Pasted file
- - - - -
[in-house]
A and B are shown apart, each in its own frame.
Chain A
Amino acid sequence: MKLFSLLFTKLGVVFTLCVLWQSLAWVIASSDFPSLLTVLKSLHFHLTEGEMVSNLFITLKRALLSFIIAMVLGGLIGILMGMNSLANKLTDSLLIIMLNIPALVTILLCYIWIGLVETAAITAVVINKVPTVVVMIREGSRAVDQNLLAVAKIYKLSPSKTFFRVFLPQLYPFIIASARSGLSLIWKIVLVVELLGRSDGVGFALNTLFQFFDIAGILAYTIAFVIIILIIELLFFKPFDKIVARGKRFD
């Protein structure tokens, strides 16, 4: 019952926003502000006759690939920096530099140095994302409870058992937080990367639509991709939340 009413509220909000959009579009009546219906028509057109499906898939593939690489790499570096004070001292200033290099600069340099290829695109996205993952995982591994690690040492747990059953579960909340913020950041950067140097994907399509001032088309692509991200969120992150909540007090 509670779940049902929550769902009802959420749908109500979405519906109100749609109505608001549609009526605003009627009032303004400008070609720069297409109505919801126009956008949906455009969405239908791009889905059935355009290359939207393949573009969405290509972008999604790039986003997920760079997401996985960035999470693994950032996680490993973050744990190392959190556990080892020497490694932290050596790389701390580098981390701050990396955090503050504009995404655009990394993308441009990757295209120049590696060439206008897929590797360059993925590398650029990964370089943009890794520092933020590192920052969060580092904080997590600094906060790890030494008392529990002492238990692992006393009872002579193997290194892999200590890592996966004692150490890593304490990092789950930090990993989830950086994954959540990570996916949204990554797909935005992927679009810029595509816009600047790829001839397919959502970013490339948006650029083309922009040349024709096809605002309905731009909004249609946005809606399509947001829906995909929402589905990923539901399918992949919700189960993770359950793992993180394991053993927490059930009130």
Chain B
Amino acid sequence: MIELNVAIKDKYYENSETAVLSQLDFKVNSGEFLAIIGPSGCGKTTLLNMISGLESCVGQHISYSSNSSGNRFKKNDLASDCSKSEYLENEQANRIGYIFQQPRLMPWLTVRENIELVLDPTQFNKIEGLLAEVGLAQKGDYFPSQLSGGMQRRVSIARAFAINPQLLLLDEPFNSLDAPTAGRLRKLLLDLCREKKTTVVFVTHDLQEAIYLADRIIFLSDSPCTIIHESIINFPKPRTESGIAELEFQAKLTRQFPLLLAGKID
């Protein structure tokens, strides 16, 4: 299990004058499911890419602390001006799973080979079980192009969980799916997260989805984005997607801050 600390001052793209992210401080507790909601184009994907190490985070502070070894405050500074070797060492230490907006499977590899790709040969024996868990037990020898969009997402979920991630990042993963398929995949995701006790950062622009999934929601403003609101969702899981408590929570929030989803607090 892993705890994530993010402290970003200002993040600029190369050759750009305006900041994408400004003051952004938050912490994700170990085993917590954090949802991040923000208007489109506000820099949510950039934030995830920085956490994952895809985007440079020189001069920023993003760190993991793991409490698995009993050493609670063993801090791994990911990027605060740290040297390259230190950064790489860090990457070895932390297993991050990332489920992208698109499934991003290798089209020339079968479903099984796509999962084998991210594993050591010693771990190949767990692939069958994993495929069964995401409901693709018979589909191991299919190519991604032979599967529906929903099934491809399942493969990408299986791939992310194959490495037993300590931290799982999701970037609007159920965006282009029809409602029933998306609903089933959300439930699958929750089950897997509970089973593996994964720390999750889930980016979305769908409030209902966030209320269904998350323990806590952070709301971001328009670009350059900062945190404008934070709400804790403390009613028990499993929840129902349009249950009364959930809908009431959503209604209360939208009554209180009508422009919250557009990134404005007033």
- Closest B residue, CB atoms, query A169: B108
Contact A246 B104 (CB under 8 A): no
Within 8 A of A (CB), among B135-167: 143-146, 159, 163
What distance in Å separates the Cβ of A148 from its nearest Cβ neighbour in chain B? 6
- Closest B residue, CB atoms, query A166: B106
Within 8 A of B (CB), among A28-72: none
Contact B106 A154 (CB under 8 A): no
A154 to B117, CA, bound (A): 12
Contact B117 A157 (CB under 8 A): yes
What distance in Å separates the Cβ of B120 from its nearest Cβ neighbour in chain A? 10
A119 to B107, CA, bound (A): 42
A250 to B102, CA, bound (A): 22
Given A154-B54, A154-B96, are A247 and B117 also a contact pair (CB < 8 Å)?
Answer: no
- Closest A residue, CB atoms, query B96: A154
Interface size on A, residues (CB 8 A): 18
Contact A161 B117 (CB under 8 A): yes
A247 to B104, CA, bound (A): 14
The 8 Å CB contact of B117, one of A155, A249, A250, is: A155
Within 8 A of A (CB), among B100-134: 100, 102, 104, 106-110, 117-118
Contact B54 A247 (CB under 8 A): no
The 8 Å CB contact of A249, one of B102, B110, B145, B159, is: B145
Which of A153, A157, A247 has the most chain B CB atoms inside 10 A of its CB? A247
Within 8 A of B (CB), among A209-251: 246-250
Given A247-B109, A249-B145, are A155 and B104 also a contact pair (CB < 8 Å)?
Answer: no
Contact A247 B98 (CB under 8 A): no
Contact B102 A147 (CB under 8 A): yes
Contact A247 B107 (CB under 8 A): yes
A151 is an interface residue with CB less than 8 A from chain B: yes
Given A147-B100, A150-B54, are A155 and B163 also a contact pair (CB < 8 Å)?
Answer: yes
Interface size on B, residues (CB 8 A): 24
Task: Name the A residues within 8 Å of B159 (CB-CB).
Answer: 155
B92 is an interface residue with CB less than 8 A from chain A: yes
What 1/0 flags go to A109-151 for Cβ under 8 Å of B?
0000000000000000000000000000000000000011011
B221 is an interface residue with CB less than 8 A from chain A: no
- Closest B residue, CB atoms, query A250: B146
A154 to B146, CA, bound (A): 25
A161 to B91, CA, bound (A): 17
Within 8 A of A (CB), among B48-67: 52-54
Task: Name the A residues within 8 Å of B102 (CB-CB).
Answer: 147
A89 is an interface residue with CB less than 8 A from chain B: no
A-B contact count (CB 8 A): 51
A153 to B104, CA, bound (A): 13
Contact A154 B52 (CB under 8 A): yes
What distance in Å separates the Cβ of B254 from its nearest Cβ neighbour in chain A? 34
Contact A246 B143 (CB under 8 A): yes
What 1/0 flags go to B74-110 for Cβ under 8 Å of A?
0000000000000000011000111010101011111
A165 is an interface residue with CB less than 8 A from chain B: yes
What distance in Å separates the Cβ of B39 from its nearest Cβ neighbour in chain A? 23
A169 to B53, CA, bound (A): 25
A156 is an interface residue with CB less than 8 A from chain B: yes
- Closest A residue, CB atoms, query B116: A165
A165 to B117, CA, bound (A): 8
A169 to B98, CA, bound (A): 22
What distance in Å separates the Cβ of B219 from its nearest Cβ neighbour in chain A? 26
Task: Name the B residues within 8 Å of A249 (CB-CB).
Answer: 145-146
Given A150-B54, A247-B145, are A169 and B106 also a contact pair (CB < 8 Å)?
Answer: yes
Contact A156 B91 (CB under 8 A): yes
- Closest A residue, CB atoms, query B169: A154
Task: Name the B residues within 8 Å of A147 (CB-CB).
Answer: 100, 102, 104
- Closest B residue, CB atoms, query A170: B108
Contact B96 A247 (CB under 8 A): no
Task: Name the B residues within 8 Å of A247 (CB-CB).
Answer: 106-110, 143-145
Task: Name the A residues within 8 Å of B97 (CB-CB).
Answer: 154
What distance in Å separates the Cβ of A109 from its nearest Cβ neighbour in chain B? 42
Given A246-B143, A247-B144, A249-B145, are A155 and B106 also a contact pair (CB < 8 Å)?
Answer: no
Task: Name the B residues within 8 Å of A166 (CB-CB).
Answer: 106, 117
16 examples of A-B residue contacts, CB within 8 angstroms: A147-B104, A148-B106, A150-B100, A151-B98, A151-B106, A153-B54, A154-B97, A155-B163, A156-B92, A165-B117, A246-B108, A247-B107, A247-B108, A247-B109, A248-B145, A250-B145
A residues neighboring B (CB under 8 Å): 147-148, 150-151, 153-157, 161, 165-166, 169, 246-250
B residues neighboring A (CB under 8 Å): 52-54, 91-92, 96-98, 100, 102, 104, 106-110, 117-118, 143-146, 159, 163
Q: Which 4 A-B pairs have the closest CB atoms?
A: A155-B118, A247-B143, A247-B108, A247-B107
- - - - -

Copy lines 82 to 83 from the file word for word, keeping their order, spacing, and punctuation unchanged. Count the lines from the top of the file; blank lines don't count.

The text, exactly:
Task: Name the A residues within 8 Å of B97 (CB-CB).
Answer: 154